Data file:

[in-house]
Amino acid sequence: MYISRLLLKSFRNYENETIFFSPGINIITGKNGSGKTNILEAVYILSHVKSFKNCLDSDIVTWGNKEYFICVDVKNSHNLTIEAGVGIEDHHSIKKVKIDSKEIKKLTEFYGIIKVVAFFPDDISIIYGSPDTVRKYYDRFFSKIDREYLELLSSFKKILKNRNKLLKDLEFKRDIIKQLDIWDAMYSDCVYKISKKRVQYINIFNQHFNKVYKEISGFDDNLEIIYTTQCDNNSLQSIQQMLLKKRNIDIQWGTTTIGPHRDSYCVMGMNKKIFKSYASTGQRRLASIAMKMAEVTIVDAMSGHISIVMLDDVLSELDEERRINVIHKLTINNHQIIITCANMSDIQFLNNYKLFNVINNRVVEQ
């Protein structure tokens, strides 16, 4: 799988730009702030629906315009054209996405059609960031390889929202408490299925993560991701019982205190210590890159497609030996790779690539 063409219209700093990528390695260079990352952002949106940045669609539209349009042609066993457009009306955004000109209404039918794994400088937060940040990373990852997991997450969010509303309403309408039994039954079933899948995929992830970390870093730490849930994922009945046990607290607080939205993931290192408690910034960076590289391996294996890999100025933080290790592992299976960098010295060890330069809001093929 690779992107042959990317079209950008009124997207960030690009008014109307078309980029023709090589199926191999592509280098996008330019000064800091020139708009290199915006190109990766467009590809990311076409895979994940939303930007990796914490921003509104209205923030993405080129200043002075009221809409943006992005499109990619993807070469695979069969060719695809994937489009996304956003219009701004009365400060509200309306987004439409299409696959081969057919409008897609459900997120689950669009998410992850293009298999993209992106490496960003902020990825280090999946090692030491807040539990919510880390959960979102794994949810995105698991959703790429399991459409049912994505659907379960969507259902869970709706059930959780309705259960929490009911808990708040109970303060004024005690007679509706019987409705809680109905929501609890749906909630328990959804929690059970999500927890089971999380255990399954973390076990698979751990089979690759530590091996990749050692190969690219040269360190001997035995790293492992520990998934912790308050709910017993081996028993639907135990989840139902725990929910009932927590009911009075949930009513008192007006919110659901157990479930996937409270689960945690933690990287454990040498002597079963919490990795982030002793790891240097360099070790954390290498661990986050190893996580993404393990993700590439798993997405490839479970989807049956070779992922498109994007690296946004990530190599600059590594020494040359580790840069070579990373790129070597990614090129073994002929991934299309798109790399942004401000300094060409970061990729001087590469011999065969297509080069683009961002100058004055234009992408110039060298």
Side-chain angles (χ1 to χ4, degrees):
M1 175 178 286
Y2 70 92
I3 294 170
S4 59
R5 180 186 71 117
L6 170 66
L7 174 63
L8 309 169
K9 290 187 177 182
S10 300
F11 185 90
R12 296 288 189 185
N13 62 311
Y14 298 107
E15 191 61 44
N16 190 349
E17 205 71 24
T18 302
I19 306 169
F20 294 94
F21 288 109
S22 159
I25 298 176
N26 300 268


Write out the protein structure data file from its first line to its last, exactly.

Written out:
[in-house]
Amino acid sequence: MYISRLLLKSFRNYENETIFFSPGINIITGKNGSGKTNILEAVYILSHVKSFKNCLDSDIVTWGNKEYFICVDVKNSHNLTIEAGVGIEDHHSIKKVKIDSKEIKKLTEFYGIIKVVAFFPDDISIIYGSPDTVRKYYDRFFSKIDREYLELLSSFKKILKNRNKLLKDLEFKRDIIKQLDIWDAMYSDCVYKISKKRVQYINIFNQHFNKVYKEISGFDDNLEIIYTTQCDNNSLQSIQQMLLKKRNIDIQWGTTTIGPHRDSYCVMGMNKKIFKSYASTGQRRLASIAMKMAEVTIVDAMSGHISIVMLDDVLSELDEERRINVIHKLTINNHQIIITCANMSDIQFLNNYKLFNVINNRVVEQ
């Protein structure tokens, strides 16, 4: 799988730009702030629906315009054209996405059609960031390889929202408490299925993560991701019982205190210590890159497609030996790779690539 063409219209700093990528390695260079990352952002949106940045669609539209349009042609066993457009009306955004000109209404039918794994400088937060940040990373990852997991997450969010509303309403309408039994039954079933899948995929992830970390870093730490849930994922009945046990607290607080939205993931290192408690910034960076590289391996294996890999100025933080290790592992299976960098010295060890330069809001093929 690779992107042959990317079209950008009124997207960030690009008014109307078309980029023709090589199926191999592509280098996008330019000064800091020139708009290199915006190109990766467009590809990311076409895979994940939303930007990796914490921003509104209205923030993405080129200043002075009221809409943006992005499109990619993807070469695979069969060719695809994937489009996304956003219009701004009365400060509200309306987004439409299409696959081969057919409008897609459900997120689950669009998410992850293009298999993209992106490496960003902020990825280090999946090692030491807040539990919510880390959960979102794994949810995105698991959703790429399991459409049912994505659907379960969507259902869970709706059930959780309705259960929490009911808990708040109970303060004024005690007679509706019987409705809680109905929501609890749906909630328990959804929690059970999500927890089971999380255990399954973390076990698979751990089979690759530590091996990749050692190969690219040269360190001997035995790293492992520990998934912790308050709910017993081996028993639907135990989840139902725990929910009932927590009911009075949930009513008192007006919110659901157990479930996937409270689960945690933690990287454990040498002597079963919490990795982030002793790891240097360099070790954390290498661990986050190893996580993404393990993700590439798993997405490839479970989807049956070779992922498109994007690296946004990530190599600059590594020494040359580790840069070579990373790129070597990614090129073994002929991934299309798109790399942004401000300094060409970061990729001087590469011999065969297509080069683009961002100058004055234009992408110039060298």
Side-chain angles (χ1 to χ4, degrees):
M1 175 178 286
Y2 70 92
I3 294 170
S4 59
R5 180 186 71 117
L6 170 66
L7 174 63
L8 309 169
K9 290 187 177 182
S10 300
F11 185 90
R12 296 288 189 185
N13 62 311
Y14 298 107
E15 191 61 44
N16 190 349
E17 205 71 24
T18 302
I19 306 169
F20 294 94
F21 288 109
S22 159
I25 298 176
N26 300 268